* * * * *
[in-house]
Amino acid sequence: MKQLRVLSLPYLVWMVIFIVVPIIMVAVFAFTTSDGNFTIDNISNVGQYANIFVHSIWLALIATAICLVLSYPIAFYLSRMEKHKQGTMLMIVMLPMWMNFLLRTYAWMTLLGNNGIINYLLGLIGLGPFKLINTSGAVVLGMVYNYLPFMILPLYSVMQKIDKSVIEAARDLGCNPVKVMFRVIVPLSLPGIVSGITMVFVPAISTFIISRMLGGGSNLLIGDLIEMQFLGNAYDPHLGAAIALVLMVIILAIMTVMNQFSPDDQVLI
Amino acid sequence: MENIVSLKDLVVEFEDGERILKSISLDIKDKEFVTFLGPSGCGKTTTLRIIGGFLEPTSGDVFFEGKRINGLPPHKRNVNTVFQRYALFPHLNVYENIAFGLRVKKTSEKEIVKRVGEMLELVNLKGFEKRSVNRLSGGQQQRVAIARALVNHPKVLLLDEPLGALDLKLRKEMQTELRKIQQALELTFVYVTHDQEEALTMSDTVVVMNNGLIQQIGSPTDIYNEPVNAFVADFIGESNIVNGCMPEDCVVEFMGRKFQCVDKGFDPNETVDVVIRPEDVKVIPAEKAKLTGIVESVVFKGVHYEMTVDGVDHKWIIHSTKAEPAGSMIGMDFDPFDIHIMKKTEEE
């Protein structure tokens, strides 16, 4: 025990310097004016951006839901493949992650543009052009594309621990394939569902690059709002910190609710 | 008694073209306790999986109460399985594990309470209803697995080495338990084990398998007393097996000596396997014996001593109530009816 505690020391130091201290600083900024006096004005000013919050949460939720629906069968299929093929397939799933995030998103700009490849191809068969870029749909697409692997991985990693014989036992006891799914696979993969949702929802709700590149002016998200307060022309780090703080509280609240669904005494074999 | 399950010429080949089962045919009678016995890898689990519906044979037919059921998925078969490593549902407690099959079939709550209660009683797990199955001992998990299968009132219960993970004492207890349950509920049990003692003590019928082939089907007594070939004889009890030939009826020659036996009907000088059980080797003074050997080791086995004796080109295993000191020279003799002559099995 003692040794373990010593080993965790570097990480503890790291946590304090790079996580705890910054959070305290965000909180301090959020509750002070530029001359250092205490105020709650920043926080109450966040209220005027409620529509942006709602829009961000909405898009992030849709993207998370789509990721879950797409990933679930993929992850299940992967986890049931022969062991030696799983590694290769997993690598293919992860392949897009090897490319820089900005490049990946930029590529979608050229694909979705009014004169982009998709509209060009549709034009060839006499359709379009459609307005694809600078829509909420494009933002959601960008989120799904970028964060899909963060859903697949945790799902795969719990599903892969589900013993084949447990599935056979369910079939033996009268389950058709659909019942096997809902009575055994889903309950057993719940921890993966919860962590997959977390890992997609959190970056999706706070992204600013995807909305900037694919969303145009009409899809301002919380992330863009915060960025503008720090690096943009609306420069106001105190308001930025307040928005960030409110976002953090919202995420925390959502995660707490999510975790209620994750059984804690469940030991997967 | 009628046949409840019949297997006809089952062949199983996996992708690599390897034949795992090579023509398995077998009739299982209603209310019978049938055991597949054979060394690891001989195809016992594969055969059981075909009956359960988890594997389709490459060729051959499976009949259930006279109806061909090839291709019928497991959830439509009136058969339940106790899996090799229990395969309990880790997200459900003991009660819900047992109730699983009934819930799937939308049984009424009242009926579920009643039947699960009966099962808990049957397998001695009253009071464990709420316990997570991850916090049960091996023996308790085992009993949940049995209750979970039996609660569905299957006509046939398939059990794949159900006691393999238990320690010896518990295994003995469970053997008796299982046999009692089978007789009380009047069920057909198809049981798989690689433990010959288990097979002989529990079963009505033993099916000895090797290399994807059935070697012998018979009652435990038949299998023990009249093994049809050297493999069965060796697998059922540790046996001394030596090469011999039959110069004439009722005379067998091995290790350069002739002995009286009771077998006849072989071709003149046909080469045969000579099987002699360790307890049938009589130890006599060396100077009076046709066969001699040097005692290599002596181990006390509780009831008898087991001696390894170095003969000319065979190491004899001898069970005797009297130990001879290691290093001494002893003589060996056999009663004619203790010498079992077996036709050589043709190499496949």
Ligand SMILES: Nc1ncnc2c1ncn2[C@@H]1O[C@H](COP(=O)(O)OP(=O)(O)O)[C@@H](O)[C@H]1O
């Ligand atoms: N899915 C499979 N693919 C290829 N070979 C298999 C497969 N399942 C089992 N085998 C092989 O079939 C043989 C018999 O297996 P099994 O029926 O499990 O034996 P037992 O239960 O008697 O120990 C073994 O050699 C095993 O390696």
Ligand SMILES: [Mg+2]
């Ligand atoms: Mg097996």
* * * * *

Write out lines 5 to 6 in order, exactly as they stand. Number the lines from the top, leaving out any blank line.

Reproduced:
Ligand SMILES: Nc1ncnc2c1ncn2[C@@H]1O[C@H](COP(=O)(O)OP(=O)(O)O)[C@@H](O)[C@H]1O
């Ligand atoms: N899915 C499979 N693919 C290829 N070979 C298999 C497969 N399942 C089992 N085998 C092989 O079939 C043989 C018999 O297996 P099994 O029926 O499990 O034996 P037992 O239960 O008697 O120990 C073994 O050699 C095993 O390696």